That is a sobering thought – and one that should motivate us to get on with the work of growing our capacities as individual leaders and redesigning our organizations so that we can expand the circles of care and thrivability from Tier 1 to Tier 2.

But the Integral City has three natural Strategic Intelligences that can accelerate the maturing processes of organizations and communities – the WE space of the city.

  1. Inquiry Intelligence opens us up to learning, discovery and innovation.
  2. Meshworking Intelligence creates the conditions where self-organizing capacities in the city combine with structuring capacities to create a scaffold that enables a hierarchy of complex organizations and individuals to co-create a resilient ecology.
  3. Navigating Intelligence gives us the systemic feedback that lets us know if we are proceeding in the right direction to achieve our Purpose (and correct our course of action in order to achieve our intended goals).

Reinvented Organizations can play special roles as actors, agents and catalysts of Strategic Intelligences within their cities of operation.

As Inquirers, they can take the lead in “calling the question” – How can we do this differently (e.g. redesign a mature neighbourhood). Who else should be here? How can we call the 4 Voices of the City into this conversation?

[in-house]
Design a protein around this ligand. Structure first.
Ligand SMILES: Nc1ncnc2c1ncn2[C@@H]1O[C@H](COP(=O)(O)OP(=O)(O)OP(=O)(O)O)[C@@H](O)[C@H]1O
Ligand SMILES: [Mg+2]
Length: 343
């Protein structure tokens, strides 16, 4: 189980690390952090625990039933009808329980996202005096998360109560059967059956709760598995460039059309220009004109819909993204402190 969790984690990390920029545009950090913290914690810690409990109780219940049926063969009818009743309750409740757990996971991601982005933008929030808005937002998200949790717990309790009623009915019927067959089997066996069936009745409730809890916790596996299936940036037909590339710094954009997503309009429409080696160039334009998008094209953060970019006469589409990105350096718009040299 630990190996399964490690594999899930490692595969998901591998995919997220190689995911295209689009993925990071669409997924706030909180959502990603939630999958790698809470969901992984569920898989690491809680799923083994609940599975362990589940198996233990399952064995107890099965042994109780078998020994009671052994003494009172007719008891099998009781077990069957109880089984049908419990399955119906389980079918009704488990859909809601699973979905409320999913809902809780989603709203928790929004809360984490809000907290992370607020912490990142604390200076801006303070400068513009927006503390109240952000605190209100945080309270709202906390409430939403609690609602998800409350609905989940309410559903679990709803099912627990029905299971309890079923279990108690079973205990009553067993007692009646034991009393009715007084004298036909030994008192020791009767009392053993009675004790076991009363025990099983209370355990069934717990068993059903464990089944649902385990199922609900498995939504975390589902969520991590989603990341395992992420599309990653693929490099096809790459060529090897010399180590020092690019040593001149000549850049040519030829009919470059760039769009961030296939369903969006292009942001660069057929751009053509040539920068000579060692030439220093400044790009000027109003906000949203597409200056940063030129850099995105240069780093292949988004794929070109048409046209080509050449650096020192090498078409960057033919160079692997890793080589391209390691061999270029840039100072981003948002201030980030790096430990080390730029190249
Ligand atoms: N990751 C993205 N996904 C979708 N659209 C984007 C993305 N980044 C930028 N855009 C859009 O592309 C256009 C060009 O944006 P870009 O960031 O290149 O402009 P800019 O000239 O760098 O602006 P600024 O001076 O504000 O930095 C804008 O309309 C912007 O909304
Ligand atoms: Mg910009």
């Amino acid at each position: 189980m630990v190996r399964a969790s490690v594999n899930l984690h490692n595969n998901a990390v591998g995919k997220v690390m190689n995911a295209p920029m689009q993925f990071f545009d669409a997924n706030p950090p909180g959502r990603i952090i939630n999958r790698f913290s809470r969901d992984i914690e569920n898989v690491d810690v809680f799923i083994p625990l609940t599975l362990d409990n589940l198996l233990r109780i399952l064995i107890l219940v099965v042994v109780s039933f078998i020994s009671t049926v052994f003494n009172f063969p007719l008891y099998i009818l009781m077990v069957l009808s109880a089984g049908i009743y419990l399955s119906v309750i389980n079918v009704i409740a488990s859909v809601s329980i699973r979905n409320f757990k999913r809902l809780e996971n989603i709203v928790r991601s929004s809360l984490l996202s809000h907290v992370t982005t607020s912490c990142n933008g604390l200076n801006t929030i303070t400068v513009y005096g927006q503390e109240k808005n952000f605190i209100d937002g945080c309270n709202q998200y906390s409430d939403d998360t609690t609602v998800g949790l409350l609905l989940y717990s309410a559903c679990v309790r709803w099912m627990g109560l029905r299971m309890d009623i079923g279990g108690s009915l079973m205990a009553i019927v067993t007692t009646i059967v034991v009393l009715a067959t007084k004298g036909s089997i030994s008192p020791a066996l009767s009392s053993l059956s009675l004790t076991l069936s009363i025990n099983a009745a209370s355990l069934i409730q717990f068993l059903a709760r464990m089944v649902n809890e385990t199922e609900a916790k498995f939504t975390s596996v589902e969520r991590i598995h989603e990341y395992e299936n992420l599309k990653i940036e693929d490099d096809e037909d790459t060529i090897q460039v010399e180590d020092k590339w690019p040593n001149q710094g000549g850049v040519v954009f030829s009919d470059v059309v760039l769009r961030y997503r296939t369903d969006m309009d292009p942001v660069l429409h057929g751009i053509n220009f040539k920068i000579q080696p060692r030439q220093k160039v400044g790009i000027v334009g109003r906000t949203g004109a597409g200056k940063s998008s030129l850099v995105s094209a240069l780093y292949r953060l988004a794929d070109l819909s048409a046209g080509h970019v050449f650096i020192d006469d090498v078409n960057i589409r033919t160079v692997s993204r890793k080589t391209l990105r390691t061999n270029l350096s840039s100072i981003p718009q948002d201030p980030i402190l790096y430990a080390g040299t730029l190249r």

As Meshworkers, they can call together the 4 voices of the City (Citizens, Civic Managers, Civil Society, Business) and help other organizations, economic sectors and communities identify the Purpose that they serve in common. They can facilitate and/or call in facilitators who can help reveal the life conditions and align the values of the community for resilient outcomes.

As Navigators, they can co-create feedback loops that inform everyone of the city’s progress, through designing Vital Signs Monitors that track wellbeing and resilience for communities and the city.

If City Halls, as key organizations in the City Voices we call Civic Managers, choose to reinvent themselves, they can quicken the reinvention of the whole city. City Halls who reinvent how they conduct the business of the city, must draw on the Strategic Intelligences of an Integral City either implicitly or explicitly.  If you want to look at how one city has chosen to implement such a strategy to reinvent its mature neighbourhoods – look at how Strathcona has implemented Integral City Strategic Intelligences, engaging facilitators to engage the 4 Voices of the City to complete the groundwork that may incubate the reinvention of the city as a whole.

Pioneering projects like Strathcona Mature Neighbourhood Strategy, are necessary models, for us to learn the early stages of how applying Integral City Strategic Intelligences, in the service of reinventing organizational patterns can reinvent the city.

 

This blog continues an exploration of what we can learn if we applied some of Laloux’s ideas from Reinventing Organizations to recalibrating the complexity of the city.